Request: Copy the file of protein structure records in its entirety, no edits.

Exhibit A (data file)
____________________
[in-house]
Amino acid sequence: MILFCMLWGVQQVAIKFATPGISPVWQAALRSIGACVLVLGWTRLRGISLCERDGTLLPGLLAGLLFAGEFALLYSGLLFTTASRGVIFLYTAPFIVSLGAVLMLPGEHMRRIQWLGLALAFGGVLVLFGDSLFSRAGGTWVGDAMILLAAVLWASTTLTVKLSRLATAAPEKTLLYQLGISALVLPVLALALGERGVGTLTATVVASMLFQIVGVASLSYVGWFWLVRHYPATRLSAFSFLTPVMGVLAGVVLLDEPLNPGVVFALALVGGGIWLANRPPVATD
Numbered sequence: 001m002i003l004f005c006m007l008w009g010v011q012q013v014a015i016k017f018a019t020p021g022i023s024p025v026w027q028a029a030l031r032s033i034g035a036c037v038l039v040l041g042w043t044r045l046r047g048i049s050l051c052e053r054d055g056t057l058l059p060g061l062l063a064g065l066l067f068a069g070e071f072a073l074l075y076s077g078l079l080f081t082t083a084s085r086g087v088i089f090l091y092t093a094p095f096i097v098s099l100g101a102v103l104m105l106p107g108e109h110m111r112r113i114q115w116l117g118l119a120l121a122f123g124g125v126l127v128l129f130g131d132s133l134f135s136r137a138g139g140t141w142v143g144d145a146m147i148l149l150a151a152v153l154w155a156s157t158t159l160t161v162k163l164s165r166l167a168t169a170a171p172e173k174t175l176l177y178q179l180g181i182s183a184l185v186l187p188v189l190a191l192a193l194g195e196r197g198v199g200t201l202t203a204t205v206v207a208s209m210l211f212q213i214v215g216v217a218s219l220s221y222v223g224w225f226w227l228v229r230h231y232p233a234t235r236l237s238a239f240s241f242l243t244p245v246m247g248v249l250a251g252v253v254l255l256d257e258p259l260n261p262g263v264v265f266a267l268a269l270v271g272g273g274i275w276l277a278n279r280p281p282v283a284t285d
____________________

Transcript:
[in-house]
Amino acid sequence: MILFCMLWGVQQVAIKFATPGISPVWQAALRSIGACVLVLGWTRLRGISLCERDGTLLPGLLAGLLFAGEFALLYSGLLFTTASRGVIFLYTAPFIVSLGAVLMLPGEHMRRIQWLGLALAFGGVLVLFGDSLFSRAGGTWVGDAMILLAAVLWASTTLTVKLSRLATAAPEKTLLYQLGISALVLPVLALALGERGVGTLTATVVASMLFQIVGVASLSYVGWFWLVRHYPATRLSAFSFLTPVMGVLAGVVLLDEPLNPGVVFALALVGGGIWLANRPPVATD
Numbered sequence: 001m002i003l004f005c006m007l008w009g010v011q012q013v014a015i016k017f018a019t020p021g022i023s024p025v026w027q028a029a030l031r032s033i034g035a036c037v038l039v040l041g042w043t044r045l046r047g048i049s050l051c052e053r054d055g056t057l058l059p060g061l062l063a064g065l066l067f068a069g070e071f072a073l074l075y076s077g078l079l080f081t082t083a084s085r086g087v088i089f090l091y092t093a094p095f096i097v098s099l100g101a102v103l104m105l106p107g108e109h110m111r112r113i114q115w116l117g118l119a120l121a122f123g124g125v126l127v128l129f130g131d132s133l134f135s136r137a138g139g140t141w142v143g144d145a146m147i148l149l150a151a152v153l154w155a156s157t158t159l160t161v162k163l164s165r166l167a168t169a170a171p172e173k174t175l176l177y178q179l180g181i182s183a184l185v186l187p188v189l190a191l192a193l194g195e196r197g198v199g200t201l202t203a204t205v206v207a208s209m210l211f212q213i214v215g216v217a218s219l220s221y222v223g224w225f226w227l228v229r230h231y232p233a234t235r236l237s238a239f240s241f242l243t244p245v246m247g248v249l250a251g252v253v254l255l256d257e258p259l260n261p262g263v264v265f266a267l268a269l270v271g272g273g274i275w276l277a278n279r280p281p282v283a284t285d